I have several friends  who regularly forward those “Do you remember when…” e-mails full of words and phrases and items of daily life that are no longer used, or even recognized, such as rotary phones, manual typewriters, Palmer cursive writing, ruffled petticoats, and so on. They serve to remind those of us “of a certain age” that we are, indeed, getting on, and to suggest that perhaps our best years, “the good ole’ days,” are behind us.

     Now I’ve never been one to wax nostalgic about many things, and I am certainly under no illusion that the good ole’ days were all that good, or good for all that many.  I think the past for all of us, as well as the present, consists of good and bad, success and failure, tragedy and transcendence. No doubt the future will be the same, though if collectively we could remember the mistakes of the past, then maybe — just maybe — at least some of the future would be appreciably better for everyone. But I digress…

     Older people tend to live in the past. They save everything, revive old memories through boxes of keepsakes and yellowed photographs, and live in houses furnished in the freezer of time. They tell you who they were, what they did, and how they prevailed — often with remarkable accuracy of dates and details, even as they are unable to remember what they had for lunch that day. In many ways, living in the past is safer: at least you know how things turned out.  You have a story, with yourself as the main character, and maybe a moral to go with it. Even if the story didn’t end particularly well, it’s still your story and yours to tell however you wish. That’s important because, as I once heard writer Sondra Cisneros say, “… if you don’t tell it [your story], someone who doesn’t love you will tell it for you.” Oh my.

     Politicians and popes aren’t the only ones who pine for a positive legacy. Everyone wants to be remembered well, to leave something significant behind, and to feel as though they’ve had an impact, however small, on their times. The current craze for genealogy research and DNA kits speak to the point: life is brief, but family and reputation endure. Some people leave a legacy of major contributions through philanthropy or humanitarian aid; some leave lasting political, cultural, or historic accomplishments; some leave lasting lessons for an immediate circle of lives they’ve touched, smaller rings of influence perhaps, but no less important. Few of us die without leaving anything behind, a modest financial nestegg perhaps, to heirs or to a cause, or maybe a simple treasure trove of dog-eared recipes or favorite family stories to our loved ones.  Whatever the case and whatever the means, all people as they age, rich and poor, famous and ordinary, start to think about what they will leave behind and how they will be remembered by whomever is left to care.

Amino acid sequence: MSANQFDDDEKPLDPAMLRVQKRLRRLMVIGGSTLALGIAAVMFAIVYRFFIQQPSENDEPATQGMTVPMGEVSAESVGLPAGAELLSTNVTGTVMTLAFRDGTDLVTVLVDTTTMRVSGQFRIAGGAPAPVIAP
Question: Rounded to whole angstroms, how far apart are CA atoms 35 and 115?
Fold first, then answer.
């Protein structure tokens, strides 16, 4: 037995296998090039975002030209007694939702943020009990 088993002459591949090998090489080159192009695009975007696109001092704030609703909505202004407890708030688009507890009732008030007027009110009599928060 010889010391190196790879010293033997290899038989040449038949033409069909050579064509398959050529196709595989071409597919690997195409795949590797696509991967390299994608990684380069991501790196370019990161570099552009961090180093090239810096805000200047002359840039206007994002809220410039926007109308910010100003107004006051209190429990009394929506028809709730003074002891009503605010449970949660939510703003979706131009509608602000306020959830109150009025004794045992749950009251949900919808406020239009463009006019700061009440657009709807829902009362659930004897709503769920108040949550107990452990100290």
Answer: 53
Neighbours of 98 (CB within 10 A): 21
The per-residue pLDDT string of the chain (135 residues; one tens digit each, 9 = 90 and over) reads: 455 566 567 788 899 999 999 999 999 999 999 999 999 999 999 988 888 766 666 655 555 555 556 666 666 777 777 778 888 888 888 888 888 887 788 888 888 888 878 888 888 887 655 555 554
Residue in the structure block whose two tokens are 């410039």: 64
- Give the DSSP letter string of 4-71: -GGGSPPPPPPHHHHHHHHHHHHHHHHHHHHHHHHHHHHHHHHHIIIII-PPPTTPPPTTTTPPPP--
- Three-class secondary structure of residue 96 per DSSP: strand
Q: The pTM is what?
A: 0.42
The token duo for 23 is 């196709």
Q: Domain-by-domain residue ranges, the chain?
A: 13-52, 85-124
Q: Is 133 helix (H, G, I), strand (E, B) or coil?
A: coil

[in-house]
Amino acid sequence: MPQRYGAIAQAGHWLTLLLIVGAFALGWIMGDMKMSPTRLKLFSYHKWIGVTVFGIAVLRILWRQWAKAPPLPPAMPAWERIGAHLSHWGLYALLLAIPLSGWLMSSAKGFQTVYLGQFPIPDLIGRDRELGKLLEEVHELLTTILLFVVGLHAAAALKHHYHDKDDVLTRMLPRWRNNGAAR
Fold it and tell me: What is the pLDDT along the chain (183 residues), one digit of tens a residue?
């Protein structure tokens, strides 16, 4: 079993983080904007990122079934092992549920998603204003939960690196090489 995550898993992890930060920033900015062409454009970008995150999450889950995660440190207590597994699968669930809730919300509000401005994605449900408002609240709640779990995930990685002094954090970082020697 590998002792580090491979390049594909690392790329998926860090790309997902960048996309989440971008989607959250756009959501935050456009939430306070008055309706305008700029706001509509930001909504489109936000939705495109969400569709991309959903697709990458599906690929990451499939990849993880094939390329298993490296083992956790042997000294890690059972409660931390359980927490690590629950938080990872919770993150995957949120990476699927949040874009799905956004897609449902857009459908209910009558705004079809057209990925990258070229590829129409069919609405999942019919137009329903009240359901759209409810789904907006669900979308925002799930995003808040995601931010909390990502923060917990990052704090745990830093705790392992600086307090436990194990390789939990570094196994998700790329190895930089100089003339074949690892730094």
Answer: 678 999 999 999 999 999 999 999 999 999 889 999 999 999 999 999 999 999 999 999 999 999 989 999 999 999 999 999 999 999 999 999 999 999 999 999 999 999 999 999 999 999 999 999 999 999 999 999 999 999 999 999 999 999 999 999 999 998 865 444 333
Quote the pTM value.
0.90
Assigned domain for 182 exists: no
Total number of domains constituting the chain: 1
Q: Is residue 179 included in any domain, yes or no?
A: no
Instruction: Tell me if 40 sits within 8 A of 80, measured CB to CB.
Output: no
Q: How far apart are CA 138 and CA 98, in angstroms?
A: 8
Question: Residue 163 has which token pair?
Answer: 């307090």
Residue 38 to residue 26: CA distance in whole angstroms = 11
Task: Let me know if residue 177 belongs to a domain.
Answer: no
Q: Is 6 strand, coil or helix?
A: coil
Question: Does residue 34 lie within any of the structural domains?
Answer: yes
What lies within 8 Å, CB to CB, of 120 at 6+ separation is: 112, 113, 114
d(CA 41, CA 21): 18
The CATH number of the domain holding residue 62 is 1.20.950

The popular TV show, “Who Do You Think You Are?” dramatizes the highs and the lows of this quest for deciphering a legacy through the avenue of family research. Everyone wants to be related to kings and queens and statesmen and to find out that their ancestors were heroes, but alas, many discover they are related to scoundrels, slave owners, despots and thieves. This is not generally a happy revelation for anybody, but especially not for well-known people finding out dark family secrets in the full illumination of prime-time programming! The reactions of the celebrities to the facts about their ancestors are generally far more indicative of who these famous people really are than the facts they’ve uncovered.

     And so it is for most of us, I think.  We all, Americans especially, like to think that we are “self-made” men and women, unique and forward-thinking, industrious and inventive.  Horatio Alger may have died in 1899, but his rags-to-riches stories are still being written every day in this Country by scores of people in pursuit of The American Dream. We do not, as a people, live in the past; we are always about the future, about more, bigger, better, faster, newer. Nor are we a very old nation. As nations go, we’re barely a pre-pubescent teen, now rebelling against the traditional values of our American family, now testing the limits of tolerance for our outbursts and bad behavior, now trying to decide who we want to be when we grow up. History is not always kind and it may not be destiny, but we repudiate it or, worse, revise it at our peril because, well — “those who don’t remember the past…”

     So, here’s to Mother’s Day this weekend, to all the mothers and the oldsters among us who do remember the past and want to talk about it. Let them describe the way things were back in “the good ‘ole days,” and let them explain why they think they lived in “the best of times.” Listen to the stories, but look for the lesson. 

     And remember that the next time you lament that you’re turning into your Mother.

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If Truth Be Told…

I was never a big fan of the Bushes, though I did meet Barbara Bush at a luncheon when I was named a White House Distinguished Teacher back in 1990, so I was sort of partial to her and  her particular devotion to literacy and education. It was in June, right after her tour de force commencement address at Wellesley College in which she showed, to an initially skeptical student body, that ardent feminism and fierce independence is not at odds with duty to family, kindness to others, and respect for differences.